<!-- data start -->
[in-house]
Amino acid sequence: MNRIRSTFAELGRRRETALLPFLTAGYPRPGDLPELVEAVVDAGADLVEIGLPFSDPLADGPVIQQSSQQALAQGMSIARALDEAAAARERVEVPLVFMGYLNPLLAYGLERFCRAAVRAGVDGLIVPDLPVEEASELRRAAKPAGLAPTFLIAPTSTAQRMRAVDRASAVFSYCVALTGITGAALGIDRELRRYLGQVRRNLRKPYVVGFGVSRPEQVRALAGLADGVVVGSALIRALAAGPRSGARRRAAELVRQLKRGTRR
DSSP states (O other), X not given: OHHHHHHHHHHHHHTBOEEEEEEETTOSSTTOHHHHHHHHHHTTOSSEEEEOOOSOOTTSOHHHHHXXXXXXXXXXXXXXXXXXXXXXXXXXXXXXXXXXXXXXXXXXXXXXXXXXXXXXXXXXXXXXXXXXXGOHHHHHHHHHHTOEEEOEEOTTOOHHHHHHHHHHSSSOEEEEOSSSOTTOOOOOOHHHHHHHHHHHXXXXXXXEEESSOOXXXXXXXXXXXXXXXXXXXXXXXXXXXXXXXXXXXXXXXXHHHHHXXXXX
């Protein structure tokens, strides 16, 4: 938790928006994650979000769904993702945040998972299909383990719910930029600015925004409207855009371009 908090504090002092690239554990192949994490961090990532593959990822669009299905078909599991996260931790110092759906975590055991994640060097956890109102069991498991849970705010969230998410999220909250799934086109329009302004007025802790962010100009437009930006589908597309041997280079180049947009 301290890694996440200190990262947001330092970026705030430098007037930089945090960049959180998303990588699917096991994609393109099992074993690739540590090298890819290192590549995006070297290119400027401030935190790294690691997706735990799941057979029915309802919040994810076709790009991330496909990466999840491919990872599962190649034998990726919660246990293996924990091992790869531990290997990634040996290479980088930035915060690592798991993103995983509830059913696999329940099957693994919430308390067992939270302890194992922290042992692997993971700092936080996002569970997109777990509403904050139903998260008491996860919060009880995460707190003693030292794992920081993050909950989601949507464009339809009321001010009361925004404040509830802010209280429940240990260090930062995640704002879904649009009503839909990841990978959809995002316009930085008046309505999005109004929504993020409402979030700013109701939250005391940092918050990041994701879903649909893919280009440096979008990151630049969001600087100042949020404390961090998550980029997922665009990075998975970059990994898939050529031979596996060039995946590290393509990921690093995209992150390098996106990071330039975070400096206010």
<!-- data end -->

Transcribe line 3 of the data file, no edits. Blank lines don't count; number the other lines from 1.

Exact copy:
DSSP states (O other), X not given: OHHHHHHHHHHHHHTBOEEEEEEETTOSSTTOHHHHHHHHHHTTOSSEEEEOOOSOOTTSOHHHHHXXXXXXXXXXXXXXXXXXXXXXXXXXXXXXXXXXXXXXXXXXXXXXXXXXXXXXXXXXXXXXXXXXXGOHHHHHHHHHHTOEEEOEEOTTOOHHHHHHHHHHSSSOEEEEOSSSOTTOOOOOOHHHHHHHHHHHXXXXXXXEEESSOOXXXXXXXXXXXXXXXXXXXXXXXXXXXXXXXXXXXXXXXXHHHHHXXXXX